Gentrification is a process experienced by cities around the world. It exemplifies the shift from an industrial economy to a service economy. Yet, the fact that manufacturing is still an important part of urban economies should not be ignored. Manufacturing is being threatened by the process of gentrification. The loss of manufacturing affects the employment and housing opportunities of inner city residents. The debate around gentrification has concentrated on its causes, while its effects on the existing communities has been largely unexplored. What work has been done has largely concentrated on the effects of gentrification on housing. The effect on work and the linkages between home and work for working class residents has gone unexplored. This doctoral dissertation research project explores the effect of gentrification on small manufacturers and blue collar-workers in the Williamsburg neighborhood of Brooklyn. The project asks the following questions: 1) To what extent has gentrification caused manufacturing displacement? 2) How has the job market changed as a result of gentrification? and 3) How has gentrification affected the residential and employment opportunities of working-class people in Williamsburg? In-depth interviews with key informants, business owners and workers will provide data on the changing structure of opportunity for working-class residents and the changing geography of their work, home, and social networks. The findings will demonstrate where manufacturing jobs move within the metropolitan region and explore the ability of working-class residents to maintain their socioeconomic levels in an area undergoing industrial displacement. It is expected that the study will demonstrate that manufacturers are being displaced because of gentrification and that those who lose these jobs are unlikely to find jobs at equal skill and pay levels.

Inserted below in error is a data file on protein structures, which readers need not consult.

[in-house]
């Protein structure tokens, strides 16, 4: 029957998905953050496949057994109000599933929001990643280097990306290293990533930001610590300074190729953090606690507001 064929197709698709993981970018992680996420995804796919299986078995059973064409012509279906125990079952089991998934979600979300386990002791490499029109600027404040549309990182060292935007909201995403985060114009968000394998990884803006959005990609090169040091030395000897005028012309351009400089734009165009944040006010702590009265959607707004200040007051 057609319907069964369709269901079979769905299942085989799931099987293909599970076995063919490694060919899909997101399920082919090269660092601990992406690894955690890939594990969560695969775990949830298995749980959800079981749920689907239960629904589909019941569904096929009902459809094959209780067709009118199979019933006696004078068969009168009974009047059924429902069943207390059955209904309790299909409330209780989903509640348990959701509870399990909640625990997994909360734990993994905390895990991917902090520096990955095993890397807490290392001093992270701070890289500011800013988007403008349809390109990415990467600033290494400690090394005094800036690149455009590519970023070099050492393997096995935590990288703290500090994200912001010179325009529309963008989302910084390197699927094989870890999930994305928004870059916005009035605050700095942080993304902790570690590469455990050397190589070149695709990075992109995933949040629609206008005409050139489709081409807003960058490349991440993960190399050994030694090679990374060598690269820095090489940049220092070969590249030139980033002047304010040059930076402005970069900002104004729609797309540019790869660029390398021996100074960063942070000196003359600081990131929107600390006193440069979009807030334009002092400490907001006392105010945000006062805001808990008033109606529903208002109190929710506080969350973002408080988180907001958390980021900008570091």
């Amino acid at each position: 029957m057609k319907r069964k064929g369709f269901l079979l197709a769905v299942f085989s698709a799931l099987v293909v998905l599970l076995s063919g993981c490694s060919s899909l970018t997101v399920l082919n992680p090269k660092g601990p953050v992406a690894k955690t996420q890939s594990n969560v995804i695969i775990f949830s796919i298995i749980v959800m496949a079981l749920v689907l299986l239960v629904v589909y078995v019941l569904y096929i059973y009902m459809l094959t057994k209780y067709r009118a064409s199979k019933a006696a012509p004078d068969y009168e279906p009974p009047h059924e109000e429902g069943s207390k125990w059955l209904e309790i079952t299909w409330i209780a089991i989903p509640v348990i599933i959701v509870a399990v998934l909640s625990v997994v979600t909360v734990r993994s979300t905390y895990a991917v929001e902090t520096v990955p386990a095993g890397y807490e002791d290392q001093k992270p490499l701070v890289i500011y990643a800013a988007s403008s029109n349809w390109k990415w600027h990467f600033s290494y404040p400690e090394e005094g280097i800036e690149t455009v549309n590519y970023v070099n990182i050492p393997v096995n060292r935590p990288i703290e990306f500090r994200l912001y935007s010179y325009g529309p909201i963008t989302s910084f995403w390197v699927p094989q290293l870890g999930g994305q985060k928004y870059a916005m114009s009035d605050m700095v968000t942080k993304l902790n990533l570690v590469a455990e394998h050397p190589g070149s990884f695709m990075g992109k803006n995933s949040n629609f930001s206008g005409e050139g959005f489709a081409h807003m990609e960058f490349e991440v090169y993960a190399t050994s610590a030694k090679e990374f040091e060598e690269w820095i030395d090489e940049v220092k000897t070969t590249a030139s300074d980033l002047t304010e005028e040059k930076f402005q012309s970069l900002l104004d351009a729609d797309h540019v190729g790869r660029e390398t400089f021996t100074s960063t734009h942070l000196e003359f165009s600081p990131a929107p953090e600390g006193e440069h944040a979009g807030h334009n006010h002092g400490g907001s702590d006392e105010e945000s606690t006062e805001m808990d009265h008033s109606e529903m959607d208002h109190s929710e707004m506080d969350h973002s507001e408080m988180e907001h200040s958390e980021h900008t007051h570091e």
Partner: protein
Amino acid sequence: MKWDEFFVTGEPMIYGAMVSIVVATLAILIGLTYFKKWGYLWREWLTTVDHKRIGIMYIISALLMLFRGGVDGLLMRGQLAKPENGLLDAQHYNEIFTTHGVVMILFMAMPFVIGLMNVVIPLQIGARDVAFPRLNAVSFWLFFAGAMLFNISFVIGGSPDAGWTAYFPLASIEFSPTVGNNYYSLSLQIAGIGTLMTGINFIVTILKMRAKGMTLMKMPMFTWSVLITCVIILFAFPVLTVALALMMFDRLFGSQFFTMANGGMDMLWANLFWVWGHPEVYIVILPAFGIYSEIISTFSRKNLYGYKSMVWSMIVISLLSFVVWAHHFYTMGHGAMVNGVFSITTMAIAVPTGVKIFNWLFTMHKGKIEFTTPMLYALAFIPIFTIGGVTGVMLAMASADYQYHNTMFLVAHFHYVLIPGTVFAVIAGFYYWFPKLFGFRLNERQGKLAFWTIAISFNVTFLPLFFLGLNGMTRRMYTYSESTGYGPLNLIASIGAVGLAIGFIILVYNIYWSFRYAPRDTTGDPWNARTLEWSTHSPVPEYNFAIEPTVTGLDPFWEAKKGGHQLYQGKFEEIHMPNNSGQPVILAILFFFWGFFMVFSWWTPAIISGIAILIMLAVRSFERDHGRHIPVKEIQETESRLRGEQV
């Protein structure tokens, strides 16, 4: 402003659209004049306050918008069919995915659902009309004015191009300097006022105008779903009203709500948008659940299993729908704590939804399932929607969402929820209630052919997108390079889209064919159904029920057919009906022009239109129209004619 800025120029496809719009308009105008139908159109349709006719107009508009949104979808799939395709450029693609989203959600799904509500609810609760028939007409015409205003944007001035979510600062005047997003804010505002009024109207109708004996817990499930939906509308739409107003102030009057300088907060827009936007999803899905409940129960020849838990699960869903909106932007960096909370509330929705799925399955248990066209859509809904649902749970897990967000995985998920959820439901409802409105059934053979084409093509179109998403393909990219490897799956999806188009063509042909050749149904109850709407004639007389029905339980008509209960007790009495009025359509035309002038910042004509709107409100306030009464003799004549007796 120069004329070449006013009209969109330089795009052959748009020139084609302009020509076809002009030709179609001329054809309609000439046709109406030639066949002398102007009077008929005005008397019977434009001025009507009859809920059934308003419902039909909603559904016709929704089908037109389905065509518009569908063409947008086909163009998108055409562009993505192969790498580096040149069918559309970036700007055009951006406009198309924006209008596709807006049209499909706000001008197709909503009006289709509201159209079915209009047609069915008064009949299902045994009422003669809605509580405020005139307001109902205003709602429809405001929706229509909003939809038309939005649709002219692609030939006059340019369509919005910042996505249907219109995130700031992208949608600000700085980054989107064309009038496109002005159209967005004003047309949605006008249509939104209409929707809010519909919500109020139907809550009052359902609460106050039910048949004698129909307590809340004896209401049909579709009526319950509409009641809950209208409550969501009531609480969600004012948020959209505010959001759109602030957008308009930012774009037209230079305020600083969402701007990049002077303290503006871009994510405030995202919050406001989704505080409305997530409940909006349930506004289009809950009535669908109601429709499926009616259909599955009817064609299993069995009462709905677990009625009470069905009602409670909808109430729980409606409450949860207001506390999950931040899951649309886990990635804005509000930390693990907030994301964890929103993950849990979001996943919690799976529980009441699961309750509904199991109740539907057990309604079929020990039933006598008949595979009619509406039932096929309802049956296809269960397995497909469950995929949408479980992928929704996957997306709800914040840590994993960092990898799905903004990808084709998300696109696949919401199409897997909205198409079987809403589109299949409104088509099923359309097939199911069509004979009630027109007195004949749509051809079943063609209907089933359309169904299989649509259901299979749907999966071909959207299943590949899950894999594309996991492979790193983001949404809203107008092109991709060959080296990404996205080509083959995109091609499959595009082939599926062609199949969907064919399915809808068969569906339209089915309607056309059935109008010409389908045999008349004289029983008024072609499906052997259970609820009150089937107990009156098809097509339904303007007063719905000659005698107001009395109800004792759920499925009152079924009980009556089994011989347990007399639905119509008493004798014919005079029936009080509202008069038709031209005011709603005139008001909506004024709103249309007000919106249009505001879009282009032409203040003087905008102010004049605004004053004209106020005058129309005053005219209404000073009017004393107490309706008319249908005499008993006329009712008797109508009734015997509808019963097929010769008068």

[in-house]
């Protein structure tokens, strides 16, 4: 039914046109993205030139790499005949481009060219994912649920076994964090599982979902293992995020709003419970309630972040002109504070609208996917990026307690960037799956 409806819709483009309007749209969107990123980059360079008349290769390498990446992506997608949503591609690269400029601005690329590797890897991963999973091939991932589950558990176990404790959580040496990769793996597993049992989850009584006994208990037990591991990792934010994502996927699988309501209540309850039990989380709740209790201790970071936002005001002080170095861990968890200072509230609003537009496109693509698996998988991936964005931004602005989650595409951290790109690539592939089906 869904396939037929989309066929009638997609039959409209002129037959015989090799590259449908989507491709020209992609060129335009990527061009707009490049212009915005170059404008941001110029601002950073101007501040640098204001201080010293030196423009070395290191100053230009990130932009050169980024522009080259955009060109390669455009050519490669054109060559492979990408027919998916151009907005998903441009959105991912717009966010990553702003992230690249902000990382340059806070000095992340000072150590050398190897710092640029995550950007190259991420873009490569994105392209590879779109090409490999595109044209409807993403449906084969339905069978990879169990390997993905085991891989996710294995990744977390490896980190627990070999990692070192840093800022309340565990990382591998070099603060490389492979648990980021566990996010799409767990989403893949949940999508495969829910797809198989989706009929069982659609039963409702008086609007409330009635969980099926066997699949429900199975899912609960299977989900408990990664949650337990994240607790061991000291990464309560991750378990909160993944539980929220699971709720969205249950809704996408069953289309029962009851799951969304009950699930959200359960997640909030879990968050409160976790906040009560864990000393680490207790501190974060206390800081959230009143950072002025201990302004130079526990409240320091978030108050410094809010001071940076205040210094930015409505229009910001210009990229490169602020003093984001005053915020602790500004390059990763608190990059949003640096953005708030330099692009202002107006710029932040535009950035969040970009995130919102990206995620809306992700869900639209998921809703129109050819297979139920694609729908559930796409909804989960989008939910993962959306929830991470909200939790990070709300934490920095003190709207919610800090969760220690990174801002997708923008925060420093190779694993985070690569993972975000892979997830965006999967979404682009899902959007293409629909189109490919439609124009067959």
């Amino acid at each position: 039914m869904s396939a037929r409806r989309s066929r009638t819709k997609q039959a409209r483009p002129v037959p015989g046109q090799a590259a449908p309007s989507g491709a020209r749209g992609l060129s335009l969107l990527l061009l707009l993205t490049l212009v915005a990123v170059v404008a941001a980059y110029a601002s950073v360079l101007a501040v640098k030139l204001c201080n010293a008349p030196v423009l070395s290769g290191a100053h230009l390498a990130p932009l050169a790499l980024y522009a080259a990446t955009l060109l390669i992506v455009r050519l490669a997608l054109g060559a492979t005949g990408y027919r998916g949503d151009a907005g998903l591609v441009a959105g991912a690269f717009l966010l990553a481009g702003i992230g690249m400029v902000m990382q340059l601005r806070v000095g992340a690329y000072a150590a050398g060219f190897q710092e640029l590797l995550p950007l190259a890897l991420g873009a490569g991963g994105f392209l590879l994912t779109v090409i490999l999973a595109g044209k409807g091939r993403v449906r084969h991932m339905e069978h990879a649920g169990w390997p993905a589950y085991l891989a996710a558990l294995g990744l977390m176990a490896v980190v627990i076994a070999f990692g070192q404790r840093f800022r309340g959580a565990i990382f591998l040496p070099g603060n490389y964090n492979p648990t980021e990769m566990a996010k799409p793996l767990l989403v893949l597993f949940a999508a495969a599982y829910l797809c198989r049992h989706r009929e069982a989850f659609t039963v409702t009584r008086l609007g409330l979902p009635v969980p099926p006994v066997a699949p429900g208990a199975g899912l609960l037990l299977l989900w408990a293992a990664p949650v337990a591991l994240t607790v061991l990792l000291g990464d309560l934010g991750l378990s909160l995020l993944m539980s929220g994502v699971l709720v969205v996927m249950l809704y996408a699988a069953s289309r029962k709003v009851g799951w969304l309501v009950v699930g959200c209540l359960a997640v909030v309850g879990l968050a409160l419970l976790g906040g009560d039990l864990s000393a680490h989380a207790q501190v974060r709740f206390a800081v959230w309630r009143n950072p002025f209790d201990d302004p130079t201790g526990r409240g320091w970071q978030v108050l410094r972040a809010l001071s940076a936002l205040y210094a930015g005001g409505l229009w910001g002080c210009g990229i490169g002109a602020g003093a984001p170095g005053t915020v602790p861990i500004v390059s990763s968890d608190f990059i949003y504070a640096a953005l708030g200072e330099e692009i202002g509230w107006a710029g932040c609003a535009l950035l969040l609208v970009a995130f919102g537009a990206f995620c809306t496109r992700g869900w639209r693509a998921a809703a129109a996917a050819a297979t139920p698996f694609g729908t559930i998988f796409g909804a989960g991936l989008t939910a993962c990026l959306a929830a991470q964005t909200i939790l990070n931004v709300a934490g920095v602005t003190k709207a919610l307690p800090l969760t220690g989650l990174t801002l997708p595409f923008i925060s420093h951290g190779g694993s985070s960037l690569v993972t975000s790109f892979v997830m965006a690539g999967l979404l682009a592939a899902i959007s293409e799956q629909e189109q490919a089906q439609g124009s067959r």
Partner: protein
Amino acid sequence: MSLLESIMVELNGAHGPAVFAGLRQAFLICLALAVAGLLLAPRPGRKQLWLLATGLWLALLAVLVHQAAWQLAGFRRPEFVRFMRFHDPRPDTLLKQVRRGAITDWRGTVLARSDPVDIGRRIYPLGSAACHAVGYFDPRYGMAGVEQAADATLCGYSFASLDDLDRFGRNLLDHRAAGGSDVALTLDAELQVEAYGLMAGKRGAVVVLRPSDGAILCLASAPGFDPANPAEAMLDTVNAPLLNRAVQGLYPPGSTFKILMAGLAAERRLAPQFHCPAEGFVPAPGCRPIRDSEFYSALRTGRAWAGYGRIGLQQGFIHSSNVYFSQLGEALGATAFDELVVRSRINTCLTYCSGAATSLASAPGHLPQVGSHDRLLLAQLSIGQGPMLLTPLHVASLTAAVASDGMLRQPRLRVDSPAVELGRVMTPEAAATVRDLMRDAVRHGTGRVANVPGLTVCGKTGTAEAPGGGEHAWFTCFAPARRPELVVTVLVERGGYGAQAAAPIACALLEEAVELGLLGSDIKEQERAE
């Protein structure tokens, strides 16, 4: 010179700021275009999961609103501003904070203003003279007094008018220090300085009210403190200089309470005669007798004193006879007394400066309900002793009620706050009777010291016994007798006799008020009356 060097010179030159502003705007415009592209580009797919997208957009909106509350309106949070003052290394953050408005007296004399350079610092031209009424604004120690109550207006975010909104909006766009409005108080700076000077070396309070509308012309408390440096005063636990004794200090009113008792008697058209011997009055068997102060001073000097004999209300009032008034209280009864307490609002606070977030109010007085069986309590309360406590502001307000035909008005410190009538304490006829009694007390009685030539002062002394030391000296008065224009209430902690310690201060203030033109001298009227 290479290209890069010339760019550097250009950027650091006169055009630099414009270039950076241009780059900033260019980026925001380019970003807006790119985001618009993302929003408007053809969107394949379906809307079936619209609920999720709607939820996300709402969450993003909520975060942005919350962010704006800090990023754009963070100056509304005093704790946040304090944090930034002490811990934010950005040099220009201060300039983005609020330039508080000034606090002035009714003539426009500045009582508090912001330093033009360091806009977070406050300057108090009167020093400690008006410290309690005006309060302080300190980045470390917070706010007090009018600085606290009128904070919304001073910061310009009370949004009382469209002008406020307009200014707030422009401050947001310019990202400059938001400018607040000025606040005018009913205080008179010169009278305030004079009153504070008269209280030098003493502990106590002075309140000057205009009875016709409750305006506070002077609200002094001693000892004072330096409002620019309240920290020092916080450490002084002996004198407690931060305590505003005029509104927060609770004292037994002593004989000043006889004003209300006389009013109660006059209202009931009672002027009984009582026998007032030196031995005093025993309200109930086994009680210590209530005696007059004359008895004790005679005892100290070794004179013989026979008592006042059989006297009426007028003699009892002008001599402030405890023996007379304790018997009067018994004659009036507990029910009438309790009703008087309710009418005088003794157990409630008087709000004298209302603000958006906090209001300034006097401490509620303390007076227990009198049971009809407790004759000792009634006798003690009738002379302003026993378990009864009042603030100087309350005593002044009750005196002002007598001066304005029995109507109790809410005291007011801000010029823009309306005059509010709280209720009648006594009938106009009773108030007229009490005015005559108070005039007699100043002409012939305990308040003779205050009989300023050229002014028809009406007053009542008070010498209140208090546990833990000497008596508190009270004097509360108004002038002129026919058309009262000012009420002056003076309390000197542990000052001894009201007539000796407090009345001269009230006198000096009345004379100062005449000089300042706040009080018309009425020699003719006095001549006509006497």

The proposed research looks at how a global process like gentrification affects a local neighborhood and the population that lives there. It analyzes the nature of urban change, the directions in which that change may lead, and the implication of this change not only for local neighborhoods, but for cities in general. In the process of gentrification, de-industrialization may be encouraged, so much so that the city loses its productive base. There may be a greater homogeneity not only of the economic base, but of the populations within urban neighborhoods as well, jeopardizing the economically and culturally diverse populations that are such a vital element to central cities. This research opens up the field of gentrification to examine the links between home and work in gentrifying areas and to analyze the effects of gentrification on labor and labor markets. This research has potential implications for urban policies on zoning, industrial retention, job creation, and affordable housing. It may also impact the literature of spatial mismatch and skills mismatch and the racialized and gendered patterns of work and residence. As a Doctoral Dissertation Research Improvement award, this award also will provide support to enable a promising student to establish a strong independent research career.

National Science Foundation (NSF)
Division of Behavioral and Cognitive Sciences (BCS)
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Gregory H. Chu
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Clark University
United States
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